Surrounded by Catholic sisters and other mourners in her parents’ home in Negombo, Sri Lanka, Deranjali Fernando rises out of her seat every minute or two, as friends and neighbours reach out to hug and console her.
The tall 21-year-old is mostly composed — until she’s asked about the man who invaded St. Sebastian’s Church and murdered her parents, along with as many as 100 others.
“They have no humanity. How could you do to do such things to people like this?” she said, her eyes narrowing angrily. “What have they done? … I don’t understand.”
In a chilling video caught on CCTV cameras, a lone suicide bomber is seen patting a small girl’s head before walking calmly into St. Sebastian’s Church and detonating his bomb.
The explosion in Negombo on Easter Sunday was the deadliest in a series of co-ordinated bombings targeting churches and luxury hotels in Sri Lanka, killing more than 250 people.
ISIS has claimed responsibility for the attacks, though officials continue to investigate. A raid in the eastern part of the country late Friday revealed a cache of explosives and what police say are ISIS uniforms and a flag used in the recent video released by the extremist group.
All of nine of the suicide bombers known to be involved were Sri Lankan.
Fernando was in China, where she is studying medicine, when the attacks hit, a friend alerting her to them through a message sent on WhatsApp.
“I was just thinking they were playing with me — they usually say jokes. Because a bomb in my hometown? In my church? It was the most unimaginable thing I’d heard in my life.”
But as the news spread, relatives told her to hurry home: Her parents were struck by the blast and were in the hospital’s intensive care unit.
It wasn’t until she landed and saw the banners around the family home, memorializing her parents, that “I finally realized they had left me.”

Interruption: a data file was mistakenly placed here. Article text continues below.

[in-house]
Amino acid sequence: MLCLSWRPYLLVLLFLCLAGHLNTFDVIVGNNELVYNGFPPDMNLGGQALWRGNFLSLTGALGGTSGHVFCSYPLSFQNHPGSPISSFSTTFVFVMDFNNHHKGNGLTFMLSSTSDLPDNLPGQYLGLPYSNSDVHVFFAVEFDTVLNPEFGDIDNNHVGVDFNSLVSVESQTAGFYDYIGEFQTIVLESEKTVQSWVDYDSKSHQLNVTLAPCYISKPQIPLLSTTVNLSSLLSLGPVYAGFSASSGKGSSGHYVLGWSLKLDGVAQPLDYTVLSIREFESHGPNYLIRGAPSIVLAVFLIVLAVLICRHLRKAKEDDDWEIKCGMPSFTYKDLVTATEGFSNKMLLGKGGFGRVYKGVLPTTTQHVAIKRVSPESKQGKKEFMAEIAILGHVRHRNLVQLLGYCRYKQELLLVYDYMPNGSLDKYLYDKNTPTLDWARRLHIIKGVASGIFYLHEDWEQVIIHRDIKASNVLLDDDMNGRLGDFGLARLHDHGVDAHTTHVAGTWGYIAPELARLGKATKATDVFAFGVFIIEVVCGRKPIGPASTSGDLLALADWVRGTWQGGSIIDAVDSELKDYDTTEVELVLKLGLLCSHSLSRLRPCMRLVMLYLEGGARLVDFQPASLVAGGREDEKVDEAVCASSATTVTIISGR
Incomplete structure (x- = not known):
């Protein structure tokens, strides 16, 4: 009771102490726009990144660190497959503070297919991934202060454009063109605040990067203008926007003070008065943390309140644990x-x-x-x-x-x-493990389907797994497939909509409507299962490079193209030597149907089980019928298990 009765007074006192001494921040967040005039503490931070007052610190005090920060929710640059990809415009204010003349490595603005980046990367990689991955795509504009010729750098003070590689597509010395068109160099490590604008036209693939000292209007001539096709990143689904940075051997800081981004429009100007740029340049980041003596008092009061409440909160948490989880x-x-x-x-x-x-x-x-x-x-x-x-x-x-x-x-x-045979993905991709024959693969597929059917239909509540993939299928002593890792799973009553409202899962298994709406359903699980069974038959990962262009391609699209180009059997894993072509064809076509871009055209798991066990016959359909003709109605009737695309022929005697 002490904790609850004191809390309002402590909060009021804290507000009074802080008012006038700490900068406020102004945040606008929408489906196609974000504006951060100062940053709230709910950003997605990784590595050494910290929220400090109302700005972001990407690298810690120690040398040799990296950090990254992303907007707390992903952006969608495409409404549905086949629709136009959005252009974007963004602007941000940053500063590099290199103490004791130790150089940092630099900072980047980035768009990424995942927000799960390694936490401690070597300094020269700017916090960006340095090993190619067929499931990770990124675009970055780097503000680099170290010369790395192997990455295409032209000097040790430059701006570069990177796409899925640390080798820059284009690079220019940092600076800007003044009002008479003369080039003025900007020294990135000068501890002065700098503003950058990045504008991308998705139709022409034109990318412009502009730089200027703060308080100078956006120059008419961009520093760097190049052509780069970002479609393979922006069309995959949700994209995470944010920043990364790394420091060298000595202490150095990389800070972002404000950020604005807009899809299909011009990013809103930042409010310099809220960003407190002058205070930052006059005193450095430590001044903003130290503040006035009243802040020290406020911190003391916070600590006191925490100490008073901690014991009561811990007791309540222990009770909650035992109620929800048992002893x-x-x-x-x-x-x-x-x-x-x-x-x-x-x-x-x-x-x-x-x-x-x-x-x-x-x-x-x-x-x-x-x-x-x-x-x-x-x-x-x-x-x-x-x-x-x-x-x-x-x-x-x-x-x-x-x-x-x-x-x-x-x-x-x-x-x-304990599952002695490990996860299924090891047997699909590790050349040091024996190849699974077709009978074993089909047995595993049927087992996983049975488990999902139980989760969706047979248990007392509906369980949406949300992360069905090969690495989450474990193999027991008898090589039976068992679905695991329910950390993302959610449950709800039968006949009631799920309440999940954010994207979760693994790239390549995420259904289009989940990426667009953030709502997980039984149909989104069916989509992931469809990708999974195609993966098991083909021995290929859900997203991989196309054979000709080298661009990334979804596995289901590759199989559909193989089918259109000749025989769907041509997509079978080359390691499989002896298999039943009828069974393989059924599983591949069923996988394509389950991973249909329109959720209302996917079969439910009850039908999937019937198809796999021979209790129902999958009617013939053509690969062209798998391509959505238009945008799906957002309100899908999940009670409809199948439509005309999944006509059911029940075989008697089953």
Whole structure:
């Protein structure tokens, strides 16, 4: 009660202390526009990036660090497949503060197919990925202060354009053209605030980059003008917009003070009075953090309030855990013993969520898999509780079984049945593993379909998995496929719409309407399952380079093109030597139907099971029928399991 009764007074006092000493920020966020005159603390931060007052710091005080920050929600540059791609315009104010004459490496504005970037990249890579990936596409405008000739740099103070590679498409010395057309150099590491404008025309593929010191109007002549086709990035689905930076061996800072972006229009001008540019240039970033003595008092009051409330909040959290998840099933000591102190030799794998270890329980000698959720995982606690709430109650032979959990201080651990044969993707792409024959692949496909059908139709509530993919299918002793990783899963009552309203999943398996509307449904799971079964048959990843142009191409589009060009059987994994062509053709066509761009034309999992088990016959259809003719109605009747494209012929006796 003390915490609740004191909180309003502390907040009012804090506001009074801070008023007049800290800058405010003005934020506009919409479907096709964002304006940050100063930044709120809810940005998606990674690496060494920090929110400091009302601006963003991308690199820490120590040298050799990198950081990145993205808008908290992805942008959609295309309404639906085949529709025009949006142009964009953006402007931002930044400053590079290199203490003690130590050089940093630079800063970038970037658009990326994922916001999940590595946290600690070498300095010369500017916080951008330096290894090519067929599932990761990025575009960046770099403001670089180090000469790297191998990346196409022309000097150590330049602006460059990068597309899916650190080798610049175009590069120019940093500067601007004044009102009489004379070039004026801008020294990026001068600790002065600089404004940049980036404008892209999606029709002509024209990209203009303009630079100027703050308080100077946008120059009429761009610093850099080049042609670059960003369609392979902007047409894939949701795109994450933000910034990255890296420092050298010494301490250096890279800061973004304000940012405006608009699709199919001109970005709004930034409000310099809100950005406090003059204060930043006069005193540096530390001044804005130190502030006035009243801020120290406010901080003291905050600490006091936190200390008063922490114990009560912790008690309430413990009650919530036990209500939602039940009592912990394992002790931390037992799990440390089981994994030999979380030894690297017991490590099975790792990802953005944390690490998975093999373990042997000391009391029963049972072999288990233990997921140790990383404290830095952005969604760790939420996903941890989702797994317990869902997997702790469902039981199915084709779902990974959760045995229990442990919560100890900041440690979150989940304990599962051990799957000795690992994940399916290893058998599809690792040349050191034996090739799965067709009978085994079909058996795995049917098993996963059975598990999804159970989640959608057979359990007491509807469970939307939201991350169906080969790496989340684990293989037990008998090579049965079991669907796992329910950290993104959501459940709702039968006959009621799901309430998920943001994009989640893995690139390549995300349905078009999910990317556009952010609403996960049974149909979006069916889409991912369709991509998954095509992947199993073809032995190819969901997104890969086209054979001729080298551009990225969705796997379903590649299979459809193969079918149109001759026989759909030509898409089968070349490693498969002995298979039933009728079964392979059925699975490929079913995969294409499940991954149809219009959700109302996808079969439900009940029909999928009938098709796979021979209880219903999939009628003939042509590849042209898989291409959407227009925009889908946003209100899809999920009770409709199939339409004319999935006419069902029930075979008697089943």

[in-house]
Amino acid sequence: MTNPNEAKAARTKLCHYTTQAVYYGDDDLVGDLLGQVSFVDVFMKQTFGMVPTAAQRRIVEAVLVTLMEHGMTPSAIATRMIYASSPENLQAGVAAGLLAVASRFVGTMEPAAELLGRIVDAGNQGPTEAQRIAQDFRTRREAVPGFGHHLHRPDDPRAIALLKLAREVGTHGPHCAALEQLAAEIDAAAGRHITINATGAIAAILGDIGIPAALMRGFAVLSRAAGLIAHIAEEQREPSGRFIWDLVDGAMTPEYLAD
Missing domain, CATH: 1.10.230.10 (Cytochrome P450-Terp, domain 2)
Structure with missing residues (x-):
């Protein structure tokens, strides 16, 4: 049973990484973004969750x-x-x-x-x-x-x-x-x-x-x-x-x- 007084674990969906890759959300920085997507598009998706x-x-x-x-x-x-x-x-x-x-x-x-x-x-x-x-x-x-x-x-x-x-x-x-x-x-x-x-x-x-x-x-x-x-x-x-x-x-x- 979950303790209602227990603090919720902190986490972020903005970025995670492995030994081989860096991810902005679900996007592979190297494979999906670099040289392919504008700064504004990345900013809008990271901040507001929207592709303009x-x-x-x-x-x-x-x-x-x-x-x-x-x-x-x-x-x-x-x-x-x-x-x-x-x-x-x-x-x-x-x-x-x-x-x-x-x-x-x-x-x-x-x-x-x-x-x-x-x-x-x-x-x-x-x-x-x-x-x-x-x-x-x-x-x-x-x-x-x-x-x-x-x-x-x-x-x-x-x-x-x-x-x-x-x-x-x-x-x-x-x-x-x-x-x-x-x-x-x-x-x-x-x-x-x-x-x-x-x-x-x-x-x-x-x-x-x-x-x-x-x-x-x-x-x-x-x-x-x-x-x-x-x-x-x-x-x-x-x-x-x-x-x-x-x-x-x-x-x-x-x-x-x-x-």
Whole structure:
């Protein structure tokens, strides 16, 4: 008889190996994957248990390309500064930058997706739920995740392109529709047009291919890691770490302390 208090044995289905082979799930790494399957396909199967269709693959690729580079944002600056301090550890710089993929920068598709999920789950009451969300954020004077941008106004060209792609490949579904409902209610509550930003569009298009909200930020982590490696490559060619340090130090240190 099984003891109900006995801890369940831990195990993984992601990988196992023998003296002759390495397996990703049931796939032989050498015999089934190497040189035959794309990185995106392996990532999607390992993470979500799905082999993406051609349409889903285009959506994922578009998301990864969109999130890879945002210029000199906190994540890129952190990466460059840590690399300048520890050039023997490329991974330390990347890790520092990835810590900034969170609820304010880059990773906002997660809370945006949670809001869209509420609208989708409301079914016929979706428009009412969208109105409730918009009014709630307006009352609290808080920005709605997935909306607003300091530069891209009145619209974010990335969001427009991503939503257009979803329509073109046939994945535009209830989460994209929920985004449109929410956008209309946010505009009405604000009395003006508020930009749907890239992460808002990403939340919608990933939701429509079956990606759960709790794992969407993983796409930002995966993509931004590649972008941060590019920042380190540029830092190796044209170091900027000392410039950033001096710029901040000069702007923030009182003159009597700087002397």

Sanath Rohan Fernando was a prominent doctor in this coastal city about an hour’s drive north of Colombo. He had chances to go away, to bigger medical posts in the United States or Australia, his daughter says, but he stayed at home.
“His wish for me trying to be a doctor was to serve the people here. He always asked me to come back to Sri Lanka because it is the place we were born. His father, also a physician, served here so he was always wanting to give something to society. That was his one and only wish.”
Sanath Fernando and his wife, Wales Indira Fernando, left behind three children: Deranjali and her two younger brothers.
The youngest, Vinendra, was wedged between his parents at Easter mass when the bomb exploded.
“As soon as he heard something that happened, he felt as if my parents were covering him,” said Fernando.
Her other brother, Sadesh, was supposed to be sitting next to them. But someone had taken his seat, so his mother told him to move back, which ultimately saved his life.
Fernando’s grandmother, seated in the pew behind, was missing for four days before relatives found her in Colombo General Hospital, unconscious and recovering from head surgery.
At their parents’ funeral this week, the surviving children huddled behind two of five caskets, stretched out in a makeshift worship space adjacent to the still-damaged church. In the sweltering heat, hundreds of other family and friends crowded in to say goodbye.
Negombo — a mostly Catholic city in a largely Buddhist country — has endured a heartbreaking week of mass funerals, with several overlapping each morning and afternoon.
A new cemetery has been dug out of donated land.
Deranjali Fernando wept as she listened to the blessing by Cardinal Malcolm Ranjiith, the archbishop of Sri Lanka.
“It was a hard day. My parents did everything for me,” she said. “Living without them is something I never imagined.”
This story originally appeared on CBC